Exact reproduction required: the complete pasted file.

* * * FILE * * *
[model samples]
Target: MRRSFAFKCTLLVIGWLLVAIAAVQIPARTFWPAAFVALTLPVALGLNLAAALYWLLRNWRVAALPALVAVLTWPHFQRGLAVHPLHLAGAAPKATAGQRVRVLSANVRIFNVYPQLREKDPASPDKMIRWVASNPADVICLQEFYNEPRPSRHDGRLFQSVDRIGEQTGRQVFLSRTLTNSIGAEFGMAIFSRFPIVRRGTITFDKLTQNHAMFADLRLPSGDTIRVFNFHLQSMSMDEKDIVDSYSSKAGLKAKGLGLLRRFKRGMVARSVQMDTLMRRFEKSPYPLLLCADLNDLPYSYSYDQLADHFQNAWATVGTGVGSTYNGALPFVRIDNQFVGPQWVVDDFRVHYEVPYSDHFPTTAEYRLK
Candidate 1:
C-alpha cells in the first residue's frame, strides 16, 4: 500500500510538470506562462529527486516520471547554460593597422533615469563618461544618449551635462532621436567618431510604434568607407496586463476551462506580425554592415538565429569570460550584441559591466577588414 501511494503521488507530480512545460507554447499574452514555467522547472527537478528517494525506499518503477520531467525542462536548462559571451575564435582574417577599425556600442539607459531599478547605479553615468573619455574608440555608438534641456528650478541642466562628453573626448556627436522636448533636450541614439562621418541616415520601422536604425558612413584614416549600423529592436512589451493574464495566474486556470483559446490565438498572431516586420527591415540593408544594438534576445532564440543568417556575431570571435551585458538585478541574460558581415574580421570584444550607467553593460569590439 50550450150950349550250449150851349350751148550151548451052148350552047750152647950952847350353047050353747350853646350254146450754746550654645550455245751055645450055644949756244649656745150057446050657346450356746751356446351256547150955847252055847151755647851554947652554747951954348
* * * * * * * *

[model samples]
Target: MRRSFAFKCTLLVIGWLLVAIAAVQIPARTFWPAAFVALTLPVALGLNLAAALYWLLRNWRVAALPALVAVLTWPHFQRGLAVHPLHLAGAAPKATAGQRVRVLSANVRIFNVYPQLREKDPASPDKMIRWVASNPADVICLQEFYNEPRPSRHDGRLFQSVDRIGEQTGRQVFLSRTLTNSIGAEFGMAIFSRFPIVRRGTITFDKLTQNHAMFADLRLPSGDTIRVFNFHLQSMSMDEKDIVDSYSSKAGLKAKGLGLLRRFKRGMVARSVQMDTLMRRFEKSPYPLLLCADLNDLPYSYSYDQLADHFQNAWATVGTGVGSTYNGALPFVRIDNQFVGPQWVVDDFRVHYEVPYSDHFPTTAEYRLK
Candidate 1:
C-alpha cells in the first residue's frame, strides 16, 4: 500500500510538470506562462529527486516520471547554460593597422533615469563618461544618449551635462532621436567618431510604434568607407496586463476551462506580425554592415538565429569570460550584441559591466577588414 501511494503521488507530480512545460507554447499574452514555467522547472527537478528517494525506499518503477520531467525542462536548462559571451575564435582574417577599425556600442539607459531599478547605479553615468573619455574608440555608438534641456528650478541642466562628453573626448556627436522636448533636450541614439562621418541616415520601422536604425558612413584614416549600423529592436512589451493574464495566474486556470483559446490565438498572431516586420527591415540593408544594438534576445532564440543568417556575431570571435551585458538585478541574460558581415574580421570584444550607467553593460569590439 50550450150950349550250449150851349350751148550151548451052148350552047750152647950952847350353047050353747350853646350254146450754746550654645550455245751055645450055644949756244649656745150057446050657346450356746751356446351256547150955847252055847151755647851554947652554747951954348